Getting the Brexiteers to take the Irish border seriously has been an uphill struggle. For a Dubliner it was obvious that this would be one of the most, if not the most difficult issue, post Brexit. In a heated Halley-Tontine Society in Dublin (October 2016) it was agreed that the most likely solution despite intense Unionist opposition would be border in the Irish Sea. I still think this is most likely even if causes the collapse of the May government.
Two former PMs Blair and Major warned pre-referendum that the Irish Border would be a significant issue. The Irish Government also did what it could to warn about the problems and the efforts of Cameron, who did actually seem to understand the complexity (in a large part due to Matthew O’Toole who was Cameron’s chief press officer), were ineffectual. When Frances O’Grady tried to raise the issue in the final Brexit debate she was largely ignored and indeed largely ignored ever since. Despite Ian Knox’s amusing cartoon as depicted in Fig. 1, I suspect until a few days ago at least the Brexiteers would have been sleeping soundly in their beds.
In contract to the complete lack of serious engagement by the UK, the Irish Government has been extremely successful in raising the profile of the border with the EU26, leading to para 49 of the 8th Dec phase 1 progress document and culminating with an announcement a few days ago by the Ireland First policy by Donald Tusk:
“As long as the UK doesn’t present such a solution, it is very difficult to imagine substantive progress in Brexit negotiations. If in London someone assumes that the negotiations will deal with other issues first, before moving to the Irish issue, my response would be: Ireland first.”
The sea border is of course a backstop; the third of three options. My preference would be the first option, which is an overall trade deal which gives the UK open borders with the the EU as a whole. The 2nd option using Si-Fi technological solutions has been widely ridiculed bit still a favorite blagging tact of the Brexiteers and the DUP in the hope that the Irish and EU will agree to kick the can down the road until it is too late to do anything about it.
In a widely praised set of four slides produced by Dr Katy Hayward the effect of various options are examined. Here we present the forth of the slides. The full set is available at the Queen’s University of Belfast policy unit, QPOL. Katy is in the process of producing V3 of the slides so it is worth checking the Queen University QPOL Unit for updates.
Fig. 2 highlights the difficulty of maintaining the open border and an indication of the vast amount of work that needs to be done to make option 3 workable.
The Heart of Nationalism
David Davis, shortly after taking up his post as Brexit Secretary, famously said “one of our really challenging issues . . . will be the internal border we have with southern Ireland” and only a week or two ago Boris Johnson compared the Irish border to traveling between Camden and Westminster. Fintan O’ Toole in the Irish Times writes “Usefully, Brexit has reminded us of that stratum of English political life in which it is still perfectly okay – indeed compulsory – to treat Ireland with an arrogance undiminished by absolute ignorance.”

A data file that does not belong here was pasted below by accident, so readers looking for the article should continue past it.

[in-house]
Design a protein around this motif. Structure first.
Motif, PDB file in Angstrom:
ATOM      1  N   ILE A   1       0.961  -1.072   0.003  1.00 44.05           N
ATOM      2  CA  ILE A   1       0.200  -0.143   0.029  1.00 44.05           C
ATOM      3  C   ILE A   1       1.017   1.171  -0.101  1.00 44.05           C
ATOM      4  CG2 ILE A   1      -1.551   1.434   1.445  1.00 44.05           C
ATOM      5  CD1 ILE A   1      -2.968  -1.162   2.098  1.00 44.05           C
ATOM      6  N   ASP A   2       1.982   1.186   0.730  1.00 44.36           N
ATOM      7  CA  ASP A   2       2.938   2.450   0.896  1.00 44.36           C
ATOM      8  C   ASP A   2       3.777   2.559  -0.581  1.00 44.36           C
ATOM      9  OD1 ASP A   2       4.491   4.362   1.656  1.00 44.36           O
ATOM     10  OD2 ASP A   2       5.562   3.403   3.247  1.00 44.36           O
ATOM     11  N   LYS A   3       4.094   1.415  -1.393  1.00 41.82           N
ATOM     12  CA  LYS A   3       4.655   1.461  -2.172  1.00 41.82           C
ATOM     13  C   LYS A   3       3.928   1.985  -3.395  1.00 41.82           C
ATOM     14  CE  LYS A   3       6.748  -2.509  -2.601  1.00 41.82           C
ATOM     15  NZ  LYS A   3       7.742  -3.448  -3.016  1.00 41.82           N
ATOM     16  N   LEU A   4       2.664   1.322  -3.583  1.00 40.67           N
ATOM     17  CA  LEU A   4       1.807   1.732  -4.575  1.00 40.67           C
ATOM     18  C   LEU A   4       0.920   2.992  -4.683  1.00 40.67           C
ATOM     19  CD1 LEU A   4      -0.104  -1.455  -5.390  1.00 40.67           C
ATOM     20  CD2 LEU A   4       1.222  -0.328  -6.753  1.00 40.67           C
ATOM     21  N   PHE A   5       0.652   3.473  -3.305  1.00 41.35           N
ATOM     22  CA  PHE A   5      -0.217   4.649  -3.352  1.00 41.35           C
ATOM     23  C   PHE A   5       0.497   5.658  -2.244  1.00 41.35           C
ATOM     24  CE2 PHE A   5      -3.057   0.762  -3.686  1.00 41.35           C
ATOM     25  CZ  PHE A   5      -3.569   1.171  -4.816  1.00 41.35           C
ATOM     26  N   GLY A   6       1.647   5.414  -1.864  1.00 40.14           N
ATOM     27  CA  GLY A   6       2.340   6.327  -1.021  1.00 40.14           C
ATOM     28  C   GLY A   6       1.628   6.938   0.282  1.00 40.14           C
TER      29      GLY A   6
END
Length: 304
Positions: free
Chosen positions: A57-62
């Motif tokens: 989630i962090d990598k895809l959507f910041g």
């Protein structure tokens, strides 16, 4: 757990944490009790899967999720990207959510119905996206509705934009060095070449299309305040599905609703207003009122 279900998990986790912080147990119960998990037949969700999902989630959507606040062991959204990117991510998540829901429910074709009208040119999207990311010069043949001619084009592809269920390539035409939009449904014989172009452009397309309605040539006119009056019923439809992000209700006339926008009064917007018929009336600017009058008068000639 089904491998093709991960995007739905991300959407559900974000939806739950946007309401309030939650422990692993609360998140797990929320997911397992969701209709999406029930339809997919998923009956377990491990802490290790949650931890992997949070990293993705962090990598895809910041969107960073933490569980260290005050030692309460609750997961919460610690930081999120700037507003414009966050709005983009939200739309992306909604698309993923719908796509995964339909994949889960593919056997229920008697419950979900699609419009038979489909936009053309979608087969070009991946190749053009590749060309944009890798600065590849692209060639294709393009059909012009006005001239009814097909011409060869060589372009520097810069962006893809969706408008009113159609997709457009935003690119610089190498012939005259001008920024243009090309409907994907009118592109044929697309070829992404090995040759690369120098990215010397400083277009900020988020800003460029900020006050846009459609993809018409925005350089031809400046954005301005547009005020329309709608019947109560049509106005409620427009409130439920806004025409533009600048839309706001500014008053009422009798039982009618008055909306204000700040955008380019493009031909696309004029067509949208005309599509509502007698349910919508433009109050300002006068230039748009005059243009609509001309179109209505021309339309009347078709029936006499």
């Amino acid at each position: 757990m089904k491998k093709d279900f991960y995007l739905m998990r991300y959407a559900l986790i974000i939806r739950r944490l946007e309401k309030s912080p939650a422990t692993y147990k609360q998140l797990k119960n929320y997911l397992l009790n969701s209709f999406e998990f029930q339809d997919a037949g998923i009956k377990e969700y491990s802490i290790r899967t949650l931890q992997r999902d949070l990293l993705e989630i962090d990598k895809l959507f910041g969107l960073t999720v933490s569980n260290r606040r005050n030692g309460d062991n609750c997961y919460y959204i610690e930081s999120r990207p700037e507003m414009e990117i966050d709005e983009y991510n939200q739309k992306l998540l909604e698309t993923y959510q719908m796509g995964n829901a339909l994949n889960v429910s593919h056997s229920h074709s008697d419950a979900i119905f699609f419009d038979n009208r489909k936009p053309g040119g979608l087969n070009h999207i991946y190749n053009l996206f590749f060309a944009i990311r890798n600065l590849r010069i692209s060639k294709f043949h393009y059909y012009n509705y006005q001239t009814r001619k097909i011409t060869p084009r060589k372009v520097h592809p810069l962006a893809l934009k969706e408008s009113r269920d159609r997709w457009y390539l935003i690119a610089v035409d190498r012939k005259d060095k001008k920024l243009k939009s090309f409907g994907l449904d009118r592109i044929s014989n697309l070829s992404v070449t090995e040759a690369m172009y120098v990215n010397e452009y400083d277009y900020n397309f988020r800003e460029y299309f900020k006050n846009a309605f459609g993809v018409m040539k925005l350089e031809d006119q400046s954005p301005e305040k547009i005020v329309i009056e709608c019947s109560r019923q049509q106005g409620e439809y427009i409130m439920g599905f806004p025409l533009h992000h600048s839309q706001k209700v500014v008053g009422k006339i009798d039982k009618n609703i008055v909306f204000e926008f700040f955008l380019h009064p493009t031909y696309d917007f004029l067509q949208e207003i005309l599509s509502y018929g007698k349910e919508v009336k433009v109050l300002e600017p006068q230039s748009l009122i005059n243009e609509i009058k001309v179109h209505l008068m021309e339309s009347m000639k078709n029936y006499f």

I’m sure this is true but possibly runs deeper. Essentially the Irish have a Westphalian view of sovereignty. Each state, no matter how large or small, has equal rights to sovereignty. We do not see England as having more rights simply because it has a larger population and consider the Irish as an equal, deserving of respect. We are very comfortable with our nationalism, despite the difficulties it causes in Northern Ireland. English nationalism is a far more complex beast and still very entangled in Imperial British nationalism and the past “glories of empire”. This has been analysed at length in the Lure of Greatness by Anthony Bartnett. At the more extreme end there is a belief that the English are genetically superior to everyone else and have a God given right to rule. This view is also held by some of the more extreme Unionists in Northern Ireland (the DUP). Somehow the Irish (and the Scots to the English but the not the DUP) are considered lesser beings, not as inferior as proper foreigners such as the French but not quite English nonetheless. Steve Bullock in the 3rd of the CakeWatch podcasts neatly summarised by stating “Well they are just Paddies and Micks so they don’t matter.”
More commonly this is manifested in a totally unconscious feeling of superiority and entitlement. There is a very strange attitude towards Ireland a combination of willful ignorance and a disbelief that the country could ever amount to anything without the oversight of the English. The lack of knowledge most English people have of Ireland (both North and South) is explored in this excellent podcast (a bit out of date but still very relevant): The Irish Passport – The Knowledge Gap.
It is worth looking at the state after the Brexit referendum and the current state of play in term of opinion polls. In Northern Ireland there are two major unionist parties, the UUP and DUP and two main nationalist ones, the SDLP and SF. The other significant party is Alliance which draws support from both communities and was historically unionist leaning, but the opposite is supposedly now the case. Fig. 3 shows the result by constituency
The NI result was far more conclusive than the UK result, but of course in the opposite direction. The data have been extensively analysed but where middle class and degree educated people on both sides of the divide voted Remain, Protestant working class people voted leave whereas the Catholic working class voted Remain. A few things are directly obvious from Fig 3.
- No border constituency voted for Brexit. (Foyle which contains Derry has the highest remain percentage in the UK – 2nd only to Gibraltar).
- Belfast and North Down voted Remain. (North Down is very strongly middle class Protestant).
- The DUP heartland voted leave.